Acculturation and depressive symptoms in Korean immigrant women.
Choi J; Miller A; Wilbur J
J Immigr Minor Health 2009 Feb; 11(1):13-19
Depression is one of the most prevalent health problems for immigrants in the United States (U.S.) and it has been associated with the process of acculturation. A cross-sectional study was conducted to identify subgroups of Korean immigrant women based on their Korean as well as American acculturation levels using cluster analysis and to determine whether these subgroups differ on depressive symptoms in 200 Korean immigrant women aged 20-64. Cluster analysis identified four as the most appropriate number of subgroups: they were designated as Korean cluster (45%), Marginalized cluster (26%), American cluster (22%), and Bicultural cluster (7%). Korean cluster had high scores on Korean acculturation and low American acculturation, Marginalized had low for both, American had high scores on American acculturation, low for Korean acculturation, and Bicultural had high scores for both. Women in the Marginalized subgroup reported significantly higher depression scores than women in the American and Korean clusters. It is important to identify immigrants who do not relate to either their heritage culture or the new host culture and address their mental health risk issues.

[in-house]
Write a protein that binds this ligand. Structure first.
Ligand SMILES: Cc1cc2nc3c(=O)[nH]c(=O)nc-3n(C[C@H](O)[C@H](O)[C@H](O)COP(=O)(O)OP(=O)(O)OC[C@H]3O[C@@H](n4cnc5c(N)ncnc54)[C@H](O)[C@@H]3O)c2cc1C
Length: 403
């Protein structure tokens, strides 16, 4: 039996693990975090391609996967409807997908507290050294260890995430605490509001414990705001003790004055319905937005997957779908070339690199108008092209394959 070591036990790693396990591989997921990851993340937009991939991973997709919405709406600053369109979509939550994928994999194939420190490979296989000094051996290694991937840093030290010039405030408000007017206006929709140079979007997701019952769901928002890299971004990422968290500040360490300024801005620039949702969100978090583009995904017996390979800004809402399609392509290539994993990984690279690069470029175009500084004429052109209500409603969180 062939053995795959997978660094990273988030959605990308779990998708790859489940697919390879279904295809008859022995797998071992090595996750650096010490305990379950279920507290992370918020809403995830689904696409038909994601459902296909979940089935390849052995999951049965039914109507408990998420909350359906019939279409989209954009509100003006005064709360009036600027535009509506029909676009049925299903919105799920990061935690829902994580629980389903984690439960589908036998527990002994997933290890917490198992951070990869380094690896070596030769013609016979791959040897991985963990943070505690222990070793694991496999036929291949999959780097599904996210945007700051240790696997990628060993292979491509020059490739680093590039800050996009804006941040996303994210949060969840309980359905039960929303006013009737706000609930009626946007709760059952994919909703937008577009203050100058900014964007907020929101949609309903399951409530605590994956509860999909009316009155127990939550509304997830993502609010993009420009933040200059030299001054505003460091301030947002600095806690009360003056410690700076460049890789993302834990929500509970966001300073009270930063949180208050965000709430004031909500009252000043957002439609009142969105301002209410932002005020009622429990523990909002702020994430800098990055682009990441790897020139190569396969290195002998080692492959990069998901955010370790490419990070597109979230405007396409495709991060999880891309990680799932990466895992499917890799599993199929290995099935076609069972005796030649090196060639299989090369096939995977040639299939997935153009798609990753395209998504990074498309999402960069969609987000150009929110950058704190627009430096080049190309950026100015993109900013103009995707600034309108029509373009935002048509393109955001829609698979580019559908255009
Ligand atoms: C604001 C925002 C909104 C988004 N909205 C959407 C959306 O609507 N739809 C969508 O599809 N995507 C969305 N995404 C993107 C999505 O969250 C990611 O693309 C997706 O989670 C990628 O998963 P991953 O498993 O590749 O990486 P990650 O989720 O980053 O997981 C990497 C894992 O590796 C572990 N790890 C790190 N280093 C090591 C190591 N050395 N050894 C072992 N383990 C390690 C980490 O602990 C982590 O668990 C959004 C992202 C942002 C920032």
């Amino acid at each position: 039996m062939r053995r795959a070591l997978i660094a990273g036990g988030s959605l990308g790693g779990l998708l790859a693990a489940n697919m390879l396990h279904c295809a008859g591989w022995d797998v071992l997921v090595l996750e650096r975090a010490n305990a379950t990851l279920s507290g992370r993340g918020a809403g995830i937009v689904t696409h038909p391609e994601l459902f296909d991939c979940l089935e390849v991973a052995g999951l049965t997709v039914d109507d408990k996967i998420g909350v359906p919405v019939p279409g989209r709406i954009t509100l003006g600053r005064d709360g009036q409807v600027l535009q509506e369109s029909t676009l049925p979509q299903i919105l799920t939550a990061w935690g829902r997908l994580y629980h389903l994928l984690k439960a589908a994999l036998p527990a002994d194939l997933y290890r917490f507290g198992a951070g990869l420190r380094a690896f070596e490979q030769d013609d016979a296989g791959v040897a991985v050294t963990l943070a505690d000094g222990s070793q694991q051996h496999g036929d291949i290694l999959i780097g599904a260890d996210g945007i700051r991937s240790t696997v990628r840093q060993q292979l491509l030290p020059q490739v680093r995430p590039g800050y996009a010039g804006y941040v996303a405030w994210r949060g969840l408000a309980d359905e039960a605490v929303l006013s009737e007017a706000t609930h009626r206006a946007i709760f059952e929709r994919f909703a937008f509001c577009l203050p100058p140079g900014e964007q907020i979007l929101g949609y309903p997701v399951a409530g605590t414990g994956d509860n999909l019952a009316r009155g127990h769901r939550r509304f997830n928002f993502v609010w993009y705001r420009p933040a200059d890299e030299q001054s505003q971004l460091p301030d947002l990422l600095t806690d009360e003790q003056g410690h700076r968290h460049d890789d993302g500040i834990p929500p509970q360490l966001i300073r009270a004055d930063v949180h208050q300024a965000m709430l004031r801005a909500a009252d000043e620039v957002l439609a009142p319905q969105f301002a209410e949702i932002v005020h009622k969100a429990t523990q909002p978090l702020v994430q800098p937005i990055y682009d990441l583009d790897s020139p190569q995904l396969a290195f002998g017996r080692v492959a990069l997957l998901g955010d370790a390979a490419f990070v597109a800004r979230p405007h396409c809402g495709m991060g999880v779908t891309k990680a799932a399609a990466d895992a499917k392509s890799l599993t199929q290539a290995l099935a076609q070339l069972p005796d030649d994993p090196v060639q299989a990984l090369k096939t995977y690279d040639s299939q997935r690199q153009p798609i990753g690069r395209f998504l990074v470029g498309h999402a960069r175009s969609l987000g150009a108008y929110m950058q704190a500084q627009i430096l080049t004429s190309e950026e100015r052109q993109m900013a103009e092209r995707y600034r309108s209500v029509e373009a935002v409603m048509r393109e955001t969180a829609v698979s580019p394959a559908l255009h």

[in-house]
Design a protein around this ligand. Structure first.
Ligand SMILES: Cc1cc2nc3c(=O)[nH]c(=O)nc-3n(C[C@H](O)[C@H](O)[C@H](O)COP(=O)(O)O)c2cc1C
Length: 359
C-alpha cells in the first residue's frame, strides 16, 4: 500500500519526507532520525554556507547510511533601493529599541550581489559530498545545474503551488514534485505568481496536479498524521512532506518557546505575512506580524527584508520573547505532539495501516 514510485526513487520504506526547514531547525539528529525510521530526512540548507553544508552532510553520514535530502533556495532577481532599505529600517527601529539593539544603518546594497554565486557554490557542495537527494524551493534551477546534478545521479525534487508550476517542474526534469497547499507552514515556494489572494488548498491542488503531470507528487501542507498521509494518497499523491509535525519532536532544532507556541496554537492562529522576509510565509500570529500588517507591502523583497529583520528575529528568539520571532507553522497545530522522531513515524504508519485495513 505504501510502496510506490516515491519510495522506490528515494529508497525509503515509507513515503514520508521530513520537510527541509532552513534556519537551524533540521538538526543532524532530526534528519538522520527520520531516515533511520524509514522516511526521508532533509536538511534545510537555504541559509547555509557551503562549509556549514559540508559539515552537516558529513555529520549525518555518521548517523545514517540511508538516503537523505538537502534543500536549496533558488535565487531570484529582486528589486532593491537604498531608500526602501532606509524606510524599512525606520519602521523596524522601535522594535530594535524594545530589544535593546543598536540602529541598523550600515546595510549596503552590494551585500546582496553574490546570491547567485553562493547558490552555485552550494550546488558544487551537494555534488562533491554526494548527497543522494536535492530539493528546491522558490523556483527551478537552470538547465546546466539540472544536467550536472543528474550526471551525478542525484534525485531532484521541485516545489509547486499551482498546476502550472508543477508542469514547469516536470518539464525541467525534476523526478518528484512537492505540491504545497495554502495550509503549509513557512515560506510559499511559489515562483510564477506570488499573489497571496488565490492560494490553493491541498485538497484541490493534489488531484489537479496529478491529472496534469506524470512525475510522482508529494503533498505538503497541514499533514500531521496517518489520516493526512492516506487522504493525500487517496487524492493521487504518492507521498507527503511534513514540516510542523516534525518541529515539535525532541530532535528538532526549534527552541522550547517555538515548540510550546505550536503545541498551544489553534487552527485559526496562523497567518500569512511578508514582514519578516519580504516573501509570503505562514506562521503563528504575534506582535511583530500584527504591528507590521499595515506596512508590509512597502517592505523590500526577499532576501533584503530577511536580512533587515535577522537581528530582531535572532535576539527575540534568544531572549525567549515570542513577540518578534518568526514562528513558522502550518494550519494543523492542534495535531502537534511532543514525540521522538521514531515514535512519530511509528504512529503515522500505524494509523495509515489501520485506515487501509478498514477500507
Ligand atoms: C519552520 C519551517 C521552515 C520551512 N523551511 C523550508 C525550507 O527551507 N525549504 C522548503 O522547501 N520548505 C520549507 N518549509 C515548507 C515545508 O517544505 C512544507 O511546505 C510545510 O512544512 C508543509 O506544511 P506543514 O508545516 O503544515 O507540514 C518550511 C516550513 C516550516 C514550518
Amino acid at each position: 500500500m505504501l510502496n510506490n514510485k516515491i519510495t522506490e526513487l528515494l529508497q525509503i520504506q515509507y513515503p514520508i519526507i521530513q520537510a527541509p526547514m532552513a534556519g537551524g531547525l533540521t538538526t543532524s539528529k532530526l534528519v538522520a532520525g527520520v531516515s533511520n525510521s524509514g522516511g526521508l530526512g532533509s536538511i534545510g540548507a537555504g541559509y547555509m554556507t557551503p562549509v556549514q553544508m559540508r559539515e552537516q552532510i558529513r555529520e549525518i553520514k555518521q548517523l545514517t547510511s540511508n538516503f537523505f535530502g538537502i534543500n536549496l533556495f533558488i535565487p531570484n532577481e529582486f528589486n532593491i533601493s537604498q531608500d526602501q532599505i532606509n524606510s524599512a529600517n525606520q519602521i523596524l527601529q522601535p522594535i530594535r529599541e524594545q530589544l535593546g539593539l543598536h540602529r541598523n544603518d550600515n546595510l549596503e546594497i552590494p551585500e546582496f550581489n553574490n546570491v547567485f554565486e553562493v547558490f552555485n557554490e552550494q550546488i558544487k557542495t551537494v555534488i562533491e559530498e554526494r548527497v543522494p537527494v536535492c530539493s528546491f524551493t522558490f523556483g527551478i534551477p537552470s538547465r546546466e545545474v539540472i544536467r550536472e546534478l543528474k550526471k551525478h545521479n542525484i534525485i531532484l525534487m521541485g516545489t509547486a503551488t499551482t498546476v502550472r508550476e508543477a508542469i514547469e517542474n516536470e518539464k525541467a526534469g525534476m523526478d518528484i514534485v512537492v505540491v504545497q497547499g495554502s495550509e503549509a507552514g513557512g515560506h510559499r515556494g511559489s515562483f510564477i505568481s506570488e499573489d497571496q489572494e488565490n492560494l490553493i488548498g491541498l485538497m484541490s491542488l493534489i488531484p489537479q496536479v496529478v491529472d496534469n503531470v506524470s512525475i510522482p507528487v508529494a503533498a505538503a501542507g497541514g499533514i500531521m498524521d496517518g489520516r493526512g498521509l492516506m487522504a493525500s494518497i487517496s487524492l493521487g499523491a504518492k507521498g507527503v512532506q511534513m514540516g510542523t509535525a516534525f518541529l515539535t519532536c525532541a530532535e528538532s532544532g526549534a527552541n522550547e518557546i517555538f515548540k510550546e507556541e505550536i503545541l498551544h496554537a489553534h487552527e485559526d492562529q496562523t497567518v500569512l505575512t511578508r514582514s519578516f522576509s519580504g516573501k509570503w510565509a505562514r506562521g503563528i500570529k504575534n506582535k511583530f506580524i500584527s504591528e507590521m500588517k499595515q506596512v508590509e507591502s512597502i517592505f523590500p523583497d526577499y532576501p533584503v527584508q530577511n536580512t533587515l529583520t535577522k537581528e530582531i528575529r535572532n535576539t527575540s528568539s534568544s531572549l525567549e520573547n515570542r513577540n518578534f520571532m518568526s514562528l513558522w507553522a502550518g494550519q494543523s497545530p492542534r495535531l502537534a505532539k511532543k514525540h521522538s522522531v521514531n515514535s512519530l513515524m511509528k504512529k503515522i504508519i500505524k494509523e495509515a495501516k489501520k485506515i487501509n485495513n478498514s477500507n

Humans; Men; Women; Children; Psychological-effects; Psychological-factors; Age-groups;
Author Keywords: Acculturation; Cluster analysis; Depression; Korean immigrant women
JiWon Choi, School of Nursing, University of California at San Francisco, 2 Koret Way, N435A, Box 0606, San Francisco, CA 94143-0606
Agriculture, Forestry and Fishing
Journal of Immigrant and Minority Health
University of Illinois at Chicago